Symbionts in societies: the biology of Wolbachia in social insects

Treanor, David (2018) Symbionts in societies: the biology of Wolbachia in social insects. Doctoral thesis (PhD), University of Sussex.

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Abstract

Heritable bacterial symbionts are astonishingly common in insects, yet relatively little is known about how heritable symbionts influence the biology of social insects such as ants, bees, wasps and termites. In this thesis I investigate various aspects of the biology of heritable symbionts in social insects, principally focusing on the relationship between ants, the largest group of social insects, and the symbiont Wolbachia, the archetypal reproductive parasite. In Chapter 1, I begin by reviewing the biology of Wolbachia. In Chapter 2, I show that the sex, caste and size of an individual’s colony determine the likelihood that it is infected with Wolbachia, and I provide correlational evidence that Wolbachia provides small increases in colony productivity in the ant Temnothorax crassispinus. In Chapter 3, I combine colony censuses and antibiotic treatment experiments, finding that Wolbachia neither distorts host sex ratios nor causes strong female mortality type mating incompatibilities in the ant Myrmica scabrinodis. In Chapter 4, I critically evaluate the theory that heritable symbionts should evolve to manipulate caste-fate in social insects, outlining three distinct evolutionary scenarios under which this might occur. In Chapter 5, I provide evidence for negative interactions between Wolbachia and both Spiroplasma and Arsenophonus in M. scabrinodis hosts, and I show that multiple unrelated strains of both Wolbachia and Spiroplasma occur across the Palaearctic. In Chapter 6, I show that one of two strains of Wolbachia infecting the ant Monomorium pharaonis was acquired by hybrid introgression. In Chapter 7, I find that ant species with limited queen dispersal are almost twice as likely to be infected with Wolbachia relative to other ant species, supporting the hypothesis that population structure influences the invasion ability of Wolbachia. Finally, in Chapter 8, I discuss the broader significance of my findings.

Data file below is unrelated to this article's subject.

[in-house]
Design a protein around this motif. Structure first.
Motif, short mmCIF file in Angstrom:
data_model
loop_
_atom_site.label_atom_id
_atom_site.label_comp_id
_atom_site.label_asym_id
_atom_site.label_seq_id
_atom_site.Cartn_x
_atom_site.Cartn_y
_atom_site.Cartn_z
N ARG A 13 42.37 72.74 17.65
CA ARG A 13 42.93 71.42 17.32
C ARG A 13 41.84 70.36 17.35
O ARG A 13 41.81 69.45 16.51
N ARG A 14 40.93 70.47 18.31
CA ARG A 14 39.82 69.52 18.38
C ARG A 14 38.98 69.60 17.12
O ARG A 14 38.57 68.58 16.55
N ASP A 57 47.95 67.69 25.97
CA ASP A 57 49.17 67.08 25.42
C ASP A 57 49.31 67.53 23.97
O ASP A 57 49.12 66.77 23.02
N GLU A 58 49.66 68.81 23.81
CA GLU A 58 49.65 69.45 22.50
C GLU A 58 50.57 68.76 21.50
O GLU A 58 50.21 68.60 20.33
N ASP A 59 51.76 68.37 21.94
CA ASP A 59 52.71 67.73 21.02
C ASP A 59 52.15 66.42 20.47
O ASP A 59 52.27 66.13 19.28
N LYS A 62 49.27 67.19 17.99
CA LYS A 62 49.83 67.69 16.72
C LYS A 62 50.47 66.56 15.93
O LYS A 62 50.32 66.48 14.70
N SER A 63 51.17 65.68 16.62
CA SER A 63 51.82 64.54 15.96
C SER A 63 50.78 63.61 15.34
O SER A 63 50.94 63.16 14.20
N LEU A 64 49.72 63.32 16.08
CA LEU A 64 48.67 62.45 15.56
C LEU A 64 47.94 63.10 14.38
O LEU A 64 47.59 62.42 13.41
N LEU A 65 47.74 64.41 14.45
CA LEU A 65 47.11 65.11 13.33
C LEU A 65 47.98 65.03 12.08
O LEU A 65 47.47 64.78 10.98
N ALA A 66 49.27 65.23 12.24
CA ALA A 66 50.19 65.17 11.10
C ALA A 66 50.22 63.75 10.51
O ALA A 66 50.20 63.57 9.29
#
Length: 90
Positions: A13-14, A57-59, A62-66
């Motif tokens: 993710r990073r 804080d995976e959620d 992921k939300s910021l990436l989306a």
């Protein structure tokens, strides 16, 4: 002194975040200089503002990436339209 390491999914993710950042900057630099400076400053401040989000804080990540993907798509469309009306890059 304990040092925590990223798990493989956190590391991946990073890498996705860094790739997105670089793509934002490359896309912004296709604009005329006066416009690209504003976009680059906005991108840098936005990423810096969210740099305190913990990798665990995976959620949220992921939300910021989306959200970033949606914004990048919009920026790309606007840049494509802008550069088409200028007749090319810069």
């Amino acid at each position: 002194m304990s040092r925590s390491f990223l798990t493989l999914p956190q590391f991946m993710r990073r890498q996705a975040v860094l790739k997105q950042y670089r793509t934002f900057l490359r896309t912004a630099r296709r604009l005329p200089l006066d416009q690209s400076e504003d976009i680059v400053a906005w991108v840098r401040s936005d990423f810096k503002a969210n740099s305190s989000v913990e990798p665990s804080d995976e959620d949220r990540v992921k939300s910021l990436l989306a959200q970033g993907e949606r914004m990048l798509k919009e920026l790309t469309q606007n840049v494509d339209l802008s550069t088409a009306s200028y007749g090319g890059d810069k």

Item Type: Thesis (Doctoral)
Schools and Departments: School of Life Sciences > Biology and Environmental Science
Subjects: Q Science > QL Zoology > QL0360 Invertebrates > QL0434 Arthropoda > QL0463 Insects
Q Science > QR Microbiology > QR0075 Bacteria
Depositing User: Library Cataloguing
Date Deposited: 11 Jun 2018 16:17
Last Modified: 11 Jun 2018 16:17
URI: http://sro.sussex.ac.uk/id/eprint/76440

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